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In new Starship details, Musk reveals a more practical approach

Accepted submission by exec at 2019-02-02 01:54:09

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FeedSource: [ArsTechnica]

Time: 2019-02-01 14:38:06 UTC

Original URL: [] using UTF-8 encoding.

Title: In new Starship details, Musk reveals a more practical approach

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In new Starship details, Musk reveals a more practical approach

Arthur T Knackerbracket has found the following story []:

On Thursday night, SpaceX founder Elon Musk shared photos of Raptor rocket engines that recently left the company's factory in Hawthorne, Calif., headed out to be tested at its facility near McGregor, Texas. "Preparing to fire the Starship Raptor engine," he said [] by way of a caption on Twitter.

The photos were interesting, but Musk had additional comments about the engine that revealed much about how the company is proceeding with overall design of the vehicle it will power. SpaceX's approach seems focused on keeping costs down and moving as quickly as possible towards a launch of the Starship spacecraft and Super Heavy rocket in the early 2020s.

For example, Musk said [], "Initially making one 200 metric ton thrust engine common across ship & booster to reach the Moon as fast as possible. Next versions will split to vacuum-optimized (380+ sec Isp) & sea-level thrust optimized (~250 ton)."

This comment is notable for a couple of reasons. First of all, the company appears to have decided to streamline the Raptor engine to a single design that will power both the rocket at liftoff, and the spaceship in the upper atmosphere and outer space. It will take less time to develop, test, and qualify a single engine. It will also cost less money.

Additionally, Musk notes that the goal is "to reach the Moon as fast as possible." The company still appears to be focused on lunar orbital flights, such as the #dearMoon project [] for Japanese businessman Yusaku Maezawa, as the first missions for Starship.

There is an added benefit to this approach: for the next two decades, NASA appears likely to be highly interested in developing infrastructure near and on the Moon. By flying Starship on early test flights to the same destination, SpaceX has a far greater chance to win government contracts for the delivery of cargo, and potentially astronauts, to the Moon. Heretofore, neither NASA nor the US military has shown much if any interest in SpaceX's ambitious rocket and spacecraft.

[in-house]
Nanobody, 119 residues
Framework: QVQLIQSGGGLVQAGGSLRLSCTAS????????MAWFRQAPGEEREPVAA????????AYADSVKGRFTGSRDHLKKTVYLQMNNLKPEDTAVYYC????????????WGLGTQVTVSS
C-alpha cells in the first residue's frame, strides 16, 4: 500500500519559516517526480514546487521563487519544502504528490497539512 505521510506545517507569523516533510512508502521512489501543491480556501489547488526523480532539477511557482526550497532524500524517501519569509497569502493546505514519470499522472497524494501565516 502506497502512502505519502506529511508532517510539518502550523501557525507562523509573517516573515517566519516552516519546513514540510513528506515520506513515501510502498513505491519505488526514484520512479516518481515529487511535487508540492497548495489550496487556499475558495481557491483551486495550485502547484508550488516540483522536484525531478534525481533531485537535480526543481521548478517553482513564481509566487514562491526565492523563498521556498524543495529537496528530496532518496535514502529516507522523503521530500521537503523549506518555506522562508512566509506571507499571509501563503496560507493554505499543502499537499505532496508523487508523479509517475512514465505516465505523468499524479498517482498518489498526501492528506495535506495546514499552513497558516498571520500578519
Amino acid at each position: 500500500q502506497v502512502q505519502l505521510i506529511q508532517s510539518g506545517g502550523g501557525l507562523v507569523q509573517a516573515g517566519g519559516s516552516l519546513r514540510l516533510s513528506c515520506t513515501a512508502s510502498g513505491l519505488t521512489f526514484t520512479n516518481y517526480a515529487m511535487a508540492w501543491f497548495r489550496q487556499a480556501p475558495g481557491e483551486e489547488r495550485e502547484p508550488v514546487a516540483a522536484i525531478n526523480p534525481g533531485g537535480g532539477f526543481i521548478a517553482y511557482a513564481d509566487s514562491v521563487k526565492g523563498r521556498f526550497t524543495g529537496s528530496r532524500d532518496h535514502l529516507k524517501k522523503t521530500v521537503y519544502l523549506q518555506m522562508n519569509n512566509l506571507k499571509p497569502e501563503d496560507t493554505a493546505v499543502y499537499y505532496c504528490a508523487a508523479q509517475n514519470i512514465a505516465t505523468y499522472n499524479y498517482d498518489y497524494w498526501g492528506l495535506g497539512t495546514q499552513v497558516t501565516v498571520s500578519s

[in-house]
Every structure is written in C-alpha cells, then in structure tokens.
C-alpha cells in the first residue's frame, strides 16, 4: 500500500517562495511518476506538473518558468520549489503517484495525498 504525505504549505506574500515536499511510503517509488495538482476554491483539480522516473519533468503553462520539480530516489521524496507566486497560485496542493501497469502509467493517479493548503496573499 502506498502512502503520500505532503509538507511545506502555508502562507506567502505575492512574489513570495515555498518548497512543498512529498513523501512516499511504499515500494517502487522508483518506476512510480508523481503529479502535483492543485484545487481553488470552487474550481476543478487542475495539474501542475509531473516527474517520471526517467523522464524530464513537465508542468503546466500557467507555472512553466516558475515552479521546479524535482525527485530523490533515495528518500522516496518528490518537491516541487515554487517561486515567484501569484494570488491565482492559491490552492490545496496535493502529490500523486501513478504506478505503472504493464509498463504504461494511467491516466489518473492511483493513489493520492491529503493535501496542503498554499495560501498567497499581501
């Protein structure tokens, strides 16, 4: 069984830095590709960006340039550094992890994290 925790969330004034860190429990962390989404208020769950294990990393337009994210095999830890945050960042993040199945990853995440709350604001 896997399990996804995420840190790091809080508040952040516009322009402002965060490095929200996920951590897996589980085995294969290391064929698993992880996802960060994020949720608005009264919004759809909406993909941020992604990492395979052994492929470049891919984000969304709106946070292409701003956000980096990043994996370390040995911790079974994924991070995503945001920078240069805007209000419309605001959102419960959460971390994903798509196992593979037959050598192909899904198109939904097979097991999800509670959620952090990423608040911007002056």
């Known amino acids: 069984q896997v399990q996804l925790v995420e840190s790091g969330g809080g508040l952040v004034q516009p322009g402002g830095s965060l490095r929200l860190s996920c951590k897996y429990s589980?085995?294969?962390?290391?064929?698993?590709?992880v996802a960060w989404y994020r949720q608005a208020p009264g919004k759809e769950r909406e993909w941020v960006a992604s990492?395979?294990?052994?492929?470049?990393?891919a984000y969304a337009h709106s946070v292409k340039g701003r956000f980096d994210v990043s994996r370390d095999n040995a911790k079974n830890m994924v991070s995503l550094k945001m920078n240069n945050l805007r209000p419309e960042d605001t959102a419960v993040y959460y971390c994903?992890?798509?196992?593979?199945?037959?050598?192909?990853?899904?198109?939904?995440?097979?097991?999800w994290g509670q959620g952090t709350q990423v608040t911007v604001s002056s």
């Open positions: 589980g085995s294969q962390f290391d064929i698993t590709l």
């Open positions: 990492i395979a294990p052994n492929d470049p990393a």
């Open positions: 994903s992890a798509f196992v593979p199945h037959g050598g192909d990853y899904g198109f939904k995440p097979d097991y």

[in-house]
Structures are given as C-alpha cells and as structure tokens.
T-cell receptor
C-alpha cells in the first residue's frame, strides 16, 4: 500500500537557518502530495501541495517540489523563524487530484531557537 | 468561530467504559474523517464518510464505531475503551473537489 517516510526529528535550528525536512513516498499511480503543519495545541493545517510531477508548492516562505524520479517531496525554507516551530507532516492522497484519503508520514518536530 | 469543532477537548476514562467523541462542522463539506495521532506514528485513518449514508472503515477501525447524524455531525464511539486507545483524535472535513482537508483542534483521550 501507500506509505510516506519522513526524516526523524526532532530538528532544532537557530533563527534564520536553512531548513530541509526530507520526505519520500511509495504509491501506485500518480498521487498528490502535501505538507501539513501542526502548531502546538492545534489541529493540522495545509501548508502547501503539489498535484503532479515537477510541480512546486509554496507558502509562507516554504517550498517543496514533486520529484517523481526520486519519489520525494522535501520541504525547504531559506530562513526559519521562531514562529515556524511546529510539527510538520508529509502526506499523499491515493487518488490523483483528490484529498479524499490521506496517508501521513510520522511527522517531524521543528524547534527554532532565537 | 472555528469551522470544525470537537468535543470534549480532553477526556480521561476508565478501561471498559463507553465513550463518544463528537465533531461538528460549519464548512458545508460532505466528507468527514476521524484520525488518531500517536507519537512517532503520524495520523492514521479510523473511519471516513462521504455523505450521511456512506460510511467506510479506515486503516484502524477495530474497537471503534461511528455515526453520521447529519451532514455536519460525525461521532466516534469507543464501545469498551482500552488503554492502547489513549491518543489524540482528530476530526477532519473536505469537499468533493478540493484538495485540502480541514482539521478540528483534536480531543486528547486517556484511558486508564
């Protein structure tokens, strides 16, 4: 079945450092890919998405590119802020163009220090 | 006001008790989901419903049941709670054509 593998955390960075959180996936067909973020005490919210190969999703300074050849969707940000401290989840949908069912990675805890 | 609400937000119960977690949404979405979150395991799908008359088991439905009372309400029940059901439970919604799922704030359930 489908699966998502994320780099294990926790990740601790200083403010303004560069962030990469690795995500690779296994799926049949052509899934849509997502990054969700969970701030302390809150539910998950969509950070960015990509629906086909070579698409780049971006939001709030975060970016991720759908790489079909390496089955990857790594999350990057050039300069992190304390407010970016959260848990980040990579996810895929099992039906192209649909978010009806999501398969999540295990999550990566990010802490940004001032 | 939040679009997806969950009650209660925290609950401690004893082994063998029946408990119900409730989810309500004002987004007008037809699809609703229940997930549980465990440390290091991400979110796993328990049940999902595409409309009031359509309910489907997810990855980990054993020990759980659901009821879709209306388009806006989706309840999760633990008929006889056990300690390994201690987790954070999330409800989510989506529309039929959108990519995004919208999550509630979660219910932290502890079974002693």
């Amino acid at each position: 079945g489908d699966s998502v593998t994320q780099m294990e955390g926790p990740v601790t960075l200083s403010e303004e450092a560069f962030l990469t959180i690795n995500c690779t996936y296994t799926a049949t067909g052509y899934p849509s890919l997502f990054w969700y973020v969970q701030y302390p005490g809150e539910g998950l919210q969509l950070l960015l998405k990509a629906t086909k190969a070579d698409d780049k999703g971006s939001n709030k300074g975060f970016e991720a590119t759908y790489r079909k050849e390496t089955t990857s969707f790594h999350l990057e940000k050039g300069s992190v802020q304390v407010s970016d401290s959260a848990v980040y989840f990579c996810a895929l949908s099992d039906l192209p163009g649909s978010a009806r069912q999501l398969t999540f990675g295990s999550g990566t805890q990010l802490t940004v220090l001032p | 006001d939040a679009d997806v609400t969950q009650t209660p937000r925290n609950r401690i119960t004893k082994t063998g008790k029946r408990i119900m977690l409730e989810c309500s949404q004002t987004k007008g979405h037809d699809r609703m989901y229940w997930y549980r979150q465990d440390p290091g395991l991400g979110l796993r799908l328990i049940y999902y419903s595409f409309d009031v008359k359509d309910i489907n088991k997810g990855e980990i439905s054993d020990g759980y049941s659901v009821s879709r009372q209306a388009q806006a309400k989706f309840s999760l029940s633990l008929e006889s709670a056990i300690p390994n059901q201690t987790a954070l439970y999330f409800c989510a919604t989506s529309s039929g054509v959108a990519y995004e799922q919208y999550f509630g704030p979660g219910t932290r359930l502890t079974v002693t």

In his series of tweets Thursday night, Musk shared other details that indicate he is intent on getting Starship flying as soon as possible. For example, initial versions of the Super Heavy rocket will likely fly [] with fewer than 31 engines, and the launch system's reaction control thrusters will have a simpler design [].

These moves indicate that SpaceX and Musk are reacting to external pressures, particularly of a financial nature. Aside from the Japanese investor, it has not revealed any customers for Super Heavy and Starship, so the company is pressing ahead with a build-it-and-they-will-come approach to users. To accomplish this, however, it must cut costs elsewhere, as evidenced by the 10 percent reduction [] in workforce in January.

Musk reinforced this on a Jan. 30 Tesla investors' call, when he was asked whether recent layoffs at the automaker and SpaceX indicate a weakening economy. As part of his answer, Musk noted the need for tightening the belt at SpaceX as it embarks upon the high-cost development of the Starship and satellite-internet Starlink projects.

"We have to be super hardcore about it," he said regarding keeping headcounts down. "SpaceX has two absolutely insane projects that would normally bankrupt a company, Starship and Starlink, and so SpaceX has to be incredibly spartan with expenditures until these programs reach fruition."

To keep the pain to a minimum, SpaceX will push those programs to fruition as rapidly as possible. If that means the company's "Mars rocket" won't quite be in its final form, or even going to Mars, trips to the Moon can eventually fund missions to the red planet. Idealism is great and all, but engineers work best in the real world.

-- submitted from IRC

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